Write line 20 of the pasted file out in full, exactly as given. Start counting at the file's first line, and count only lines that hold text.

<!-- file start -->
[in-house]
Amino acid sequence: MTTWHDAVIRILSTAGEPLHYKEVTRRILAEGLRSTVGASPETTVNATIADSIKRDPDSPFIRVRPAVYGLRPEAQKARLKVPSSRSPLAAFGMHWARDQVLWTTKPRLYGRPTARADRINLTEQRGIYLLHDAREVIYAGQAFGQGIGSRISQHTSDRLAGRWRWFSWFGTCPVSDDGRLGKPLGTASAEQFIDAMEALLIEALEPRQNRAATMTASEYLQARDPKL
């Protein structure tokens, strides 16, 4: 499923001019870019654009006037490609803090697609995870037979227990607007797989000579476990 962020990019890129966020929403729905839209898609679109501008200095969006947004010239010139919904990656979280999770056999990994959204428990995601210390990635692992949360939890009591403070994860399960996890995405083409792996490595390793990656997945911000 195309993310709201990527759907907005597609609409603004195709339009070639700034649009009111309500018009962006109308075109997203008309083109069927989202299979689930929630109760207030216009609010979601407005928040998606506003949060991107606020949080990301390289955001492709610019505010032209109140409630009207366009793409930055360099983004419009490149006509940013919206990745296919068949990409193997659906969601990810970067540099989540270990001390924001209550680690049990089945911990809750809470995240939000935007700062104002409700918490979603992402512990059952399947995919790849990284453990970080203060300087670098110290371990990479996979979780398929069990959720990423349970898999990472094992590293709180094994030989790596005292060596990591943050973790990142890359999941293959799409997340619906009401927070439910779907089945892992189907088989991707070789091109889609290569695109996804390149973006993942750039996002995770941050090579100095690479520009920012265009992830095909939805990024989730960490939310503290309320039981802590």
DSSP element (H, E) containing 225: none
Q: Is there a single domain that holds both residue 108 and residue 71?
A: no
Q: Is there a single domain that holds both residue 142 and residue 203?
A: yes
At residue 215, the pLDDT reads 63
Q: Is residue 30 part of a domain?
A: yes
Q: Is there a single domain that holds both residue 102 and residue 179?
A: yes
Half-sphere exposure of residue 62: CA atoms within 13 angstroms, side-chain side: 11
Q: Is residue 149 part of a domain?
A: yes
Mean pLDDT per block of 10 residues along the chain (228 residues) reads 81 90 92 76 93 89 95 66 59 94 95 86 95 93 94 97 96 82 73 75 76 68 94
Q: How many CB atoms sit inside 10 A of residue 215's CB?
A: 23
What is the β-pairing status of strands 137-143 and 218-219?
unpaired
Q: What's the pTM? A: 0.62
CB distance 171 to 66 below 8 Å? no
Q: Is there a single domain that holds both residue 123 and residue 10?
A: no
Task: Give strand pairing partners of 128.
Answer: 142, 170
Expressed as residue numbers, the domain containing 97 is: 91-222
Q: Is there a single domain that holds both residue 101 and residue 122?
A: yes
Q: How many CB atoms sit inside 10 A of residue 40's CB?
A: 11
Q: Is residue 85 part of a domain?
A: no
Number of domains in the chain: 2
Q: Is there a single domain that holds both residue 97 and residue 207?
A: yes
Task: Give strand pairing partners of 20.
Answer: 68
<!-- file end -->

What is the β-pairing status of strands 137-143 and 218-219?